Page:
Freediving is a breathe-holding sport where you try to go as deep or as long as possible with just one breathe. With the latter, it’s either ‘static apnea’ so you hold your breath while lying face down in a pool, or you swim horizontally which is called ‘dynamic apnea’. When you try to go as deep as possible, there’s a floating platform with a weighted rope attached to it that is set to a certain depth. The goal is to reach the end of the rope. In ‘constant weight apnea,’ you dive with fins but you’re not allowed to actively use the rope during the dive, whereas in ‘constant weight apnea without fins’ you do it without fins. ‘Free immersion apnea’ is where you use the rope to pull yourself up and down but you’re not allowed to use fins. Aside from the sport, there’s also a recreative side to it, so you can go diving with sharks or see coral reefs.

How and when did you start freediving?
I’ve been swimming since I was little, but never competitively. I did it for my own enjoyment and because I like the silence and the serenity of it. When I finished high school, I went backpacking in Southeast Asia. I did a regular diving course in Thailand but it wasn’t what I expected, I felt very heavy and restricted. A few months later, I found out about a free diving school so I did a course there and found out that I’m really good at it and I really enjoyed it. So I got into competitions thanks to my instructor who I did my first static breathe hold with, which was 5 mins for the very first time, and he said we can train you for a Dutch record, you’re not very far off!

© Brian Megens

Jeanine Grasmeijer at Maas

How do you train?
I would train for a competition at least 6 weeks in advance where I increase my depth 3-5m at a time. I do pool training where I do dynamic and static dives to train my apneatic ability and to prepapre my body for the depth. Outside deep diving season, I do swimming, running, and just regular exercise. Yoga also goes very well with deep diving. It makes you flexible and has this spiritual side to it and freediving can be spiritual because of the whole underwater meditation.

What is the key to freediving?
Freediving is a very mental sport. We say that it’s 80% mental and 20% physical. If you would tell somebody to go to 10m, he’d probably be afraid because he can’t breathe and there’s all this water above him. Once you’re at 10m, you can’t go back at once, you’ll have to swim up so the tendency is to panic. That’s the hard part, also for us because we don’t go down to just 10m, we go up to 80m! So even we are stressed out because when you’re freediving, you’re really on your own. The key is to be in a meditative state. The brain is the main oxygen user so you have to try to switch it off, kind of. You have to be very efficient with your movements and eliminate stressful thoughts. The challenge is that you’re going to dive at immense depth, but you can’t stress about it!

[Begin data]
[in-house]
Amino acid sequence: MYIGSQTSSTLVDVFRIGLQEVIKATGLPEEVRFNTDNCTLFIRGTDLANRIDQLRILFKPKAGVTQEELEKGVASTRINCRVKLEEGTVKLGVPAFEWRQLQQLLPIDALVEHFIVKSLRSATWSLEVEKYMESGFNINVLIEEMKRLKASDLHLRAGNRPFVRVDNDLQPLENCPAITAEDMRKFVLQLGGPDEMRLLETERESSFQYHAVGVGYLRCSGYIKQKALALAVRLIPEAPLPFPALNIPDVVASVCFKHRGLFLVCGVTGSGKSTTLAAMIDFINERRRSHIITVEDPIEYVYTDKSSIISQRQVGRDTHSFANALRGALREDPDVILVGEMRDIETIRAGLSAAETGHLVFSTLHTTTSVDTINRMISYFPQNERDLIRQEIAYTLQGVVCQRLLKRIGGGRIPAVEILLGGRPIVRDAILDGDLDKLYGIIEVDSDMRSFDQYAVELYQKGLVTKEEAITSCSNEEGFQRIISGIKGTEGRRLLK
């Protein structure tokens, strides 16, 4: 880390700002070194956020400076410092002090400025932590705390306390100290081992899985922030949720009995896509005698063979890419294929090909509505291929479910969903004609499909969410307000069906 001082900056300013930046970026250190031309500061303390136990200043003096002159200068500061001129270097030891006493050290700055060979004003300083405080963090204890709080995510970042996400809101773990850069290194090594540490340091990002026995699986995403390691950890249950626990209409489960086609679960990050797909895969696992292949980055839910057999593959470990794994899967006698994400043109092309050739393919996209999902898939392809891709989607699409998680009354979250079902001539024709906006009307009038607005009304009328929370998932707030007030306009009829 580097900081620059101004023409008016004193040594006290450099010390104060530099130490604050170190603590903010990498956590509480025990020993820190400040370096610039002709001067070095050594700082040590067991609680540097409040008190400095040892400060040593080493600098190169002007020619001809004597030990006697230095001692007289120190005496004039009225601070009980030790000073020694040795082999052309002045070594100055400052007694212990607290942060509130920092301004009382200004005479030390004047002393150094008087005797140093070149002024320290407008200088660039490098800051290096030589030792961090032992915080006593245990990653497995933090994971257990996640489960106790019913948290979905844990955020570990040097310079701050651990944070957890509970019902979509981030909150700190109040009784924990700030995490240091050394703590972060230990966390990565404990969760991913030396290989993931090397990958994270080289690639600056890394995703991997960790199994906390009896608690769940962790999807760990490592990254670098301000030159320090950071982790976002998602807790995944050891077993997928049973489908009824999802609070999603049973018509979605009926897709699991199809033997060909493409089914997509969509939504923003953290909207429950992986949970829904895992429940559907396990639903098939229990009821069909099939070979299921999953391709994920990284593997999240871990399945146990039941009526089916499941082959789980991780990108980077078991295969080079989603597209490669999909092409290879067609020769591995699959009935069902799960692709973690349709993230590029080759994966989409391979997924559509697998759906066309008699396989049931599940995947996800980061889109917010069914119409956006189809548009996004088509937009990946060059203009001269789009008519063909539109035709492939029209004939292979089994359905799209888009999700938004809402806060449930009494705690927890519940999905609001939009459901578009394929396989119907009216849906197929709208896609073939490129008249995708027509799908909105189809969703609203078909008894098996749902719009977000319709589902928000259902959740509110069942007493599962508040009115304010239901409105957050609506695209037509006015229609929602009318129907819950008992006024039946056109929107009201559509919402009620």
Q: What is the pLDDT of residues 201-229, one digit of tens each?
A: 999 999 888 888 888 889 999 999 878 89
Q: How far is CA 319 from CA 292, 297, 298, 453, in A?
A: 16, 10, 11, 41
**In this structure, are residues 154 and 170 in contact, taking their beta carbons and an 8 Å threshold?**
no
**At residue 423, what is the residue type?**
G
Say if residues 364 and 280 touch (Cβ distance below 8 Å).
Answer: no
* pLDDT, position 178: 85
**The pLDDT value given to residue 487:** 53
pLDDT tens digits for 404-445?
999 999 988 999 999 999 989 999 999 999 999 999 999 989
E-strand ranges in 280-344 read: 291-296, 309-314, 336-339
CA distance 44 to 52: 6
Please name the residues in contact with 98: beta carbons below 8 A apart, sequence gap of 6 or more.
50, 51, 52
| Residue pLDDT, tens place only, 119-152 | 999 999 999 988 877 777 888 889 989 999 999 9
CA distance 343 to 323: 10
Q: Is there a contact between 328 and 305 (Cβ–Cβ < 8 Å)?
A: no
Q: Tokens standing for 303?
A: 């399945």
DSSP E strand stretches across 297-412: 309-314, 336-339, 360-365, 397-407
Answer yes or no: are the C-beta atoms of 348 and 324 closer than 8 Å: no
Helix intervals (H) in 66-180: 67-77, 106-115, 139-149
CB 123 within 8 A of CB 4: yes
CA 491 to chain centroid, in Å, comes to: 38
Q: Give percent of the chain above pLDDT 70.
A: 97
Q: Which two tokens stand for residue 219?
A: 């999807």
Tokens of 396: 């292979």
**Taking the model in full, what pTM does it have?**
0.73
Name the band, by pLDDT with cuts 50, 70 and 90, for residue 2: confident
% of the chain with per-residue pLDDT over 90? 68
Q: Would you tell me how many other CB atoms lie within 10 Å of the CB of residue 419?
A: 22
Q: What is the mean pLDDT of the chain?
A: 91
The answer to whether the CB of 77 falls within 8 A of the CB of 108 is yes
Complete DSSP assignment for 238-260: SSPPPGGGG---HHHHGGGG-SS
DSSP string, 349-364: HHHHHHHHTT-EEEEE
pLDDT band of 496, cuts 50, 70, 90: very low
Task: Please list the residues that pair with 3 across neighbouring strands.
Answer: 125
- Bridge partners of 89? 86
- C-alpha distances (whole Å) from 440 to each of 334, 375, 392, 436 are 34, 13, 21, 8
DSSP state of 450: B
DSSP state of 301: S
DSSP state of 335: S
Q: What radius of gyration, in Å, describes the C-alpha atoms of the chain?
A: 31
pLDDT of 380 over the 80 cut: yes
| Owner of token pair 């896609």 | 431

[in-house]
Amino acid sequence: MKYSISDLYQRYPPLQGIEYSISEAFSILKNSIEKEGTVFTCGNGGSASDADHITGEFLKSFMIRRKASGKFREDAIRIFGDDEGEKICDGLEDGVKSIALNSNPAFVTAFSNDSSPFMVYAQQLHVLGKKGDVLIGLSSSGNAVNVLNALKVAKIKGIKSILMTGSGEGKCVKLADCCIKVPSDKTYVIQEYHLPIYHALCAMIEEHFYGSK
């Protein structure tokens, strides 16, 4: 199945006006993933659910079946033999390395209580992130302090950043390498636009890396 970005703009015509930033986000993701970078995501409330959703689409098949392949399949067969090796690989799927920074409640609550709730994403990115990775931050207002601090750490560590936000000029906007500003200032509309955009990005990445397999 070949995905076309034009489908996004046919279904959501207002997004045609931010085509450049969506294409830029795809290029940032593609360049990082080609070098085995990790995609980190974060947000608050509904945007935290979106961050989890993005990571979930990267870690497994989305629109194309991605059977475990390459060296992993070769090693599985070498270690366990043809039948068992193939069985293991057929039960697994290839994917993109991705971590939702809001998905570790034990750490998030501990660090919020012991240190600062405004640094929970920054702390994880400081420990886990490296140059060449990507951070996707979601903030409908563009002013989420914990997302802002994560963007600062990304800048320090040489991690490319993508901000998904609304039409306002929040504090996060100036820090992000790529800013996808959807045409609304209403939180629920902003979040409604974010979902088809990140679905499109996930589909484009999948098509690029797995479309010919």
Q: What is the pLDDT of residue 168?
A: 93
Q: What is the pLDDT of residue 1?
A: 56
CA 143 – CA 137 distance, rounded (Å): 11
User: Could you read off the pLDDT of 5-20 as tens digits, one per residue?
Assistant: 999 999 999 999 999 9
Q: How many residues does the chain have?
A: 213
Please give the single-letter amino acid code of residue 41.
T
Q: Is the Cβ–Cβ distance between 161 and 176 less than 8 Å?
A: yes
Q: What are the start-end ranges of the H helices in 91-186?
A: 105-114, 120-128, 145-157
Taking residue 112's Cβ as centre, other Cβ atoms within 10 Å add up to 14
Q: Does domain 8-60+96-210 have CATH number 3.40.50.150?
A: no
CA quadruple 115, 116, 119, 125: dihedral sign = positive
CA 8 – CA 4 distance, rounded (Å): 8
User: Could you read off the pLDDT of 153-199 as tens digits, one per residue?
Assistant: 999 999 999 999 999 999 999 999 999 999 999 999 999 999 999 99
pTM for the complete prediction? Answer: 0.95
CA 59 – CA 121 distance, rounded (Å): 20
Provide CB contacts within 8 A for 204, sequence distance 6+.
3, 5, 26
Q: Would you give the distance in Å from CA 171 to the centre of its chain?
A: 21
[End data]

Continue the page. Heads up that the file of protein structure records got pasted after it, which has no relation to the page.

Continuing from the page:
© Brian Megens

Jeanine Grasmeijer

What do you think of Maastricht?

I like the city, it has a nice atmosphere. It’s not a scary city at all, it’s a very kind city, I think. Maastricht is clean and it looks good. Everything is within 15 mins. It’s cosy!

What’s your favourite places in Maastricht?

I enjoy spending my time at the Geusseltbad (Maastricht’s local swimming pool) and hanging out at the Tramhalte restaurant and bar at Cannerplein. I always recommend the Boekhandel Dominicanen. For me, it’s the most beautiful bookstore in the world. I also like the two-dimensional paintings at the Vrijthof. You can see them best at the top of the Sint Jans Kerk.

Maastricht in three words:
Historical, prosperous, and cosy.

Watch Jeanine talk about freediving at RTL Late Night, the national talkshow in the Netherlands, and be inspired!

Jeanine Grasmeijer

Text: Karissa Atienza
Photography: Brian Megens